And Then They Came for Me: Remembering the World of Anne Frank shares the stories of Holocaust survivors Helmuth Silberberg and Eva Geiringer through a compelling multimedia production that combines video interviews with live performance. We hope their stories will act as a catalyst for challenging conversations necessary to cultivate compassion and ignite empathy in everyday life – because sharing those stories is a vital part of what makes us human.
Saturday, February 16 – 7:00pm
Sunday, February 17 – 2:00pm
February 19 – 22, 26 – 27 at 10:00 & 11:45am
Morehead – Tuesday, February 12 at 10:00am
Hazard – Friday, February 15 at 10:00am
Frankfort – Wednesday, March 6 at 10:00am
By James Still
“These stories need to be told, questions need to be asked, and these people can’t be forgotten,” says Associate Artist Mark Tucker, referring to very real accounts of Holocaust survivors portrayed in LCT’s upcoming production of And Then They Came for Me: Remembering the World of Anne Frank.
And Then They Can for Me follows Ed Silberberg and Eva Geiringer Schloss’ journeys of loss, persecution, and resilience. Like Anne Frank, the famous young girl whose diary was published detailing her experiences during the Holocaust, they also wrote down their stories and have been quite vocal about the events of their lifetime through not only writing, but interviews and documentaries.
“We’ve all heard the phrase history repeats itself and it’s interesting because the further removed that we get from the Holocaust and that time, more people tend to forget, and you see elements of oppression cycle again.” says Associate Artist Emily Asbury. “Right now, people are so afraid of the other and afraid of people different than themselves and it’s an excellent reminder of what path we don’t want history to take,” says Asbury.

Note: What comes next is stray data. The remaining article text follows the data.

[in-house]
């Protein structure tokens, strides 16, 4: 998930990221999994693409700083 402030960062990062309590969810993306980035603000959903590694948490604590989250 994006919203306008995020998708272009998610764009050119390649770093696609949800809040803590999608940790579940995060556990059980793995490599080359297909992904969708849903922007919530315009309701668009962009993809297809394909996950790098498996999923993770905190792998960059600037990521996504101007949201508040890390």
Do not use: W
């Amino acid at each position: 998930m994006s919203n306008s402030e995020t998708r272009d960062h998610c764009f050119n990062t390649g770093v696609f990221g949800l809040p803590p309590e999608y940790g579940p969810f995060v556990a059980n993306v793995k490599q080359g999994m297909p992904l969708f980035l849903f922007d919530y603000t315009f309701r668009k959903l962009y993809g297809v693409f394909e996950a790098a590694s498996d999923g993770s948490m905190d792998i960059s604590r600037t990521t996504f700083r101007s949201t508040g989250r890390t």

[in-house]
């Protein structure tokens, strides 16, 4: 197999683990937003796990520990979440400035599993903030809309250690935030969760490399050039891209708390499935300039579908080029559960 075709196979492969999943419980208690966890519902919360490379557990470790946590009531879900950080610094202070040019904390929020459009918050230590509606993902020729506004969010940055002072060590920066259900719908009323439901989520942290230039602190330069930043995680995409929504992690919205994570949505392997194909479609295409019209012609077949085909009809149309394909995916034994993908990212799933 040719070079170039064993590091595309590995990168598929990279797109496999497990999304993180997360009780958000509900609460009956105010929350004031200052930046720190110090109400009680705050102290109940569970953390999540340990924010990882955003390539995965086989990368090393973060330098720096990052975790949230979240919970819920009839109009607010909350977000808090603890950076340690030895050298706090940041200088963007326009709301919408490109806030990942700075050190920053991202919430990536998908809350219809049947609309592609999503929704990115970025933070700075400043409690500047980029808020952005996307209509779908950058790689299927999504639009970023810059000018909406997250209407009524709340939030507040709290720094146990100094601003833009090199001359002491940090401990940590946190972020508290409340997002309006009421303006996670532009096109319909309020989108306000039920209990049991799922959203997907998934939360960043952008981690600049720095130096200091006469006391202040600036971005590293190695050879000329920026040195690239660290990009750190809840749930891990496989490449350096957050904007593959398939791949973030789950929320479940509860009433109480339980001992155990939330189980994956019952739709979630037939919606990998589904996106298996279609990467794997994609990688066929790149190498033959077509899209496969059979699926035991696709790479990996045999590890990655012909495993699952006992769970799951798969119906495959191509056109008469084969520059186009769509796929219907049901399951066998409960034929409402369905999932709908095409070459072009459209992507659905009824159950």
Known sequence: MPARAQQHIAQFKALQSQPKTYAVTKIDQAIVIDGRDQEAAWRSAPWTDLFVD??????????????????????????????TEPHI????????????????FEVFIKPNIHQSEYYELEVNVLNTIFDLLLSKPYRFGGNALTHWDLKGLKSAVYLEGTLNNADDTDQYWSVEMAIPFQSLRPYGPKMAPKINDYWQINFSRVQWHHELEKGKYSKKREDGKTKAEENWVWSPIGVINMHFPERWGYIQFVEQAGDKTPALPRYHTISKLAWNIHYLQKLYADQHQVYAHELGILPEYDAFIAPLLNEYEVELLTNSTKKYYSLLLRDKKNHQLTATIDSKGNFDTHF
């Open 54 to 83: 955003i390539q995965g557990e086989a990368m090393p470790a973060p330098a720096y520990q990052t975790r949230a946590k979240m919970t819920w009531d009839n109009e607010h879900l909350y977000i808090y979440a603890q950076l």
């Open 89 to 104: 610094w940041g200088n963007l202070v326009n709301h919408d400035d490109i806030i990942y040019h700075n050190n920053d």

And Then They Came for Me uses reels of interviews and picture projections of the Holocaust and the survivors. “There were parts of WWII and the atrocities that were filmed and that’s a really powerful thing. There is such a difference between reading about stuff from a newspaper and actually being able to see videos and photos of these unthinkable situations,” says Tucker.
Asbury also adds that having people reenact true events, along with other forms of media, creates a better picture of the human experience. “When I have played historical characters, for some young audience members, they suddenly understand the severity of the circumstances. Students will come up to me after shows sometimes, with urgency, and ask, ‘Did that really happen? Is that a real person?’” says Asbury.
Lexington Children’s Theatre hopes be a catalyst for challenging conversations necessary to cultivate compassion and ignite empathy in everyday life – because sharing those stories is a vital part of what makes us human. “These are real people, not just statistics,” says Tucker. “One of the most important things is that these people wrote down their stories. Even if they didn’t survive, their stories were still told and are a test of time that we should account our stories.”
“As an artist in a production like this we are a living memorial for these real people who came before us. In a way it feels like the best way to memorialize them.” says Asbury.
Experience the brave and inspirational true stories in And Then They Came for Me: Remembering the World of Anne Frank, Saturday February 16th at 7:00pm and Sunday February 17th at 2:00pm on the LCT Main Stage.